A Boston Globe article on the precarious state of historic house museums has been making the rounds:
Although some well-known house museums are thriving, many smaller and more obscure places are struggling. Their plight is so drastic that some preservationists are now making an argument that sounds downright blasphemous to defenders of these charming repositories of local history: There are simply too many house museums, and many of them would be better off closing.
The argument has reached a surpisingly fevered pitch. Since the turn of the millennium, high-profile preservationists have published articles in scholarly journals and professional publications with incendiary titles like “Are There Too Many House Museums?” and “America Doesn’t Need Another House Museum.” They have held conferences and panel discussions on the so-called crisis with titles like “After the House Museum.” Stephanie Meeks, the president of the National Trust for Historic Preservation, is among the critics, even though her own organization maintains 20 house museums of its own. Turning old homes into museums has long been “the go-to preservation strategy,” she said. “But there are only a handful I can think of that are really thriving with that model.” Last fall, Meeks delivered a pointed keynote speech at the National Preservation Conference titled “House Museums: A 20th-Century Paradigm,” in which she argued that the traditional house museum model is often financially unsustainable and has been drastically overused, and preservationists must look beyond it. “The time for talk has ended,” she announced, “and the time for action is upon us.”
I’m probably not the most impartial observer here, because I used to run a historic house museum and now I’m on the board of another one. But I think we need plenty of small HHMs, and here are a few reasons why.
- HHMs give small communities access to the museum experience. People in urban areas shouldn’t be the only ones whose lives are enriched by having a cultural institution in the neighborhood.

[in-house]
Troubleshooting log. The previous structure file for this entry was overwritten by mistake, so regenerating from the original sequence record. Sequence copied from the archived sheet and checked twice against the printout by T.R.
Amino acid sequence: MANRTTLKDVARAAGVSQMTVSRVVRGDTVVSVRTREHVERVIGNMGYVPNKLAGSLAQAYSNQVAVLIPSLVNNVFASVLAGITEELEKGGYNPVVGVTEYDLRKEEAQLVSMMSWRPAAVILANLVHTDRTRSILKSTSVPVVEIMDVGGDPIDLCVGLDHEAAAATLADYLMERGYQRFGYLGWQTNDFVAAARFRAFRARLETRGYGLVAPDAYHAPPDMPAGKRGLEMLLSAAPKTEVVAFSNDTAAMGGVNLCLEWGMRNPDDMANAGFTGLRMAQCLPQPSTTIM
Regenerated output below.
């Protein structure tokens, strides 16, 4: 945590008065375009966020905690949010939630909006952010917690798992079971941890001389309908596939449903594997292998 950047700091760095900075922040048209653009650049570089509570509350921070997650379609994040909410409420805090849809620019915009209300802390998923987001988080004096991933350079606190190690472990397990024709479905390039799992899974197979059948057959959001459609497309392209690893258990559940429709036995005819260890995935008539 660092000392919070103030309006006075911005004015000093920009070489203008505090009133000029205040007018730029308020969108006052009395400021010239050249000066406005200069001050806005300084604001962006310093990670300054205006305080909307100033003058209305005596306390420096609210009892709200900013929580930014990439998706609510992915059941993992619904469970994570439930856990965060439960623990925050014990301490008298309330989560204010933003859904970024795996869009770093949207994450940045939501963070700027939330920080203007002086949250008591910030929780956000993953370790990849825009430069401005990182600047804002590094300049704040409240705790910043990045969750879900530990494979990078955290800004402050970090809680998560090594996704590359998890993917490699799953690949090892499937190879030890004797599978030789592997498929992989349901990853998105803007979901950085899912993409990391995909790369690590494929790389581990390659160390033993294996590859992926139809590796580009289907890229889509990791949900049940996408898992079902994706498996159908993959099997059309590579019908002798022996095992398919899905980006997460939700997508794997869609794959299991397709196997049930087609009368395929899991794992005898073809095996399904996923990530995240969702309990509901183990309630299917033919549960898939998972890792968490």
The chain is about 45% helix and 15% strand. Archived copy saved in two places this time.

- They help instill a sense of local pride in small communities, a feeling of ownership of one’s past and one’s own place in the world.
- Small HHMs help nurture a well-rounded view of the past by reminding us that history isn’t always about great men, grand buildings, and dramatic battles. Critics who wonder why anybody would spend money maintaining the home of Joe Schmoe, an ordinary nineteenth-century lawyer from Podunk, are missing an important point. HHMs of that sort are important precisely because Joe Schmoe’s life was ordinary and unexceptional. The palatial homes of the rich and famous tend to be the ones that endure, but most of our ancestors weren’t living at Tara. It’s the mundane aspects of the past that tend to get lost in the shuffle.
- HHMs are still one of the beast means to keep historic structures intact. The Globe article notes that you can keep a historic house standing even if it’s no longer functioning as a museum. That’s true, but I can’t think of many alternate uses where the integrity of these buildings is such a priority, and where preservation is done so well.
- HHMs are training grounds for the employees of other cultural institutions. A lot of the people who are running the bigger museums, historical societies, and preservation organizations first got their start in some small HHM. When young folks looking for a career in public history ask me for advice, I always tell them to find some small institution in their own neck of the woods and start volunteering or doing part-time work there. Just about every public history job posting is going to require one thing of applicants, and that’s experience. There’s no better place to get your feet wet than at a small site where you can wear a lot of hats.
A lot of small historic house museums are teetering on the brink of closure, and no doubt many of them are beyond saving. But the answer to the precarious state of small HHMs isn’t to cull the herd. What we need is to foster close cooperation among smaller house museums, to make sure that historical and museum organizations keep these smaller sites on their radar, and to encourage professionalism and dedication among the people who oversee small HHMs so that the directors, curators, and site managers have what they need to do their jobs and keep the doors open.
When a historic home closes and a community loses access to a piece of its own past, it’s not a Darwinian winnowing out of the public history profession. It’s a small tragedy.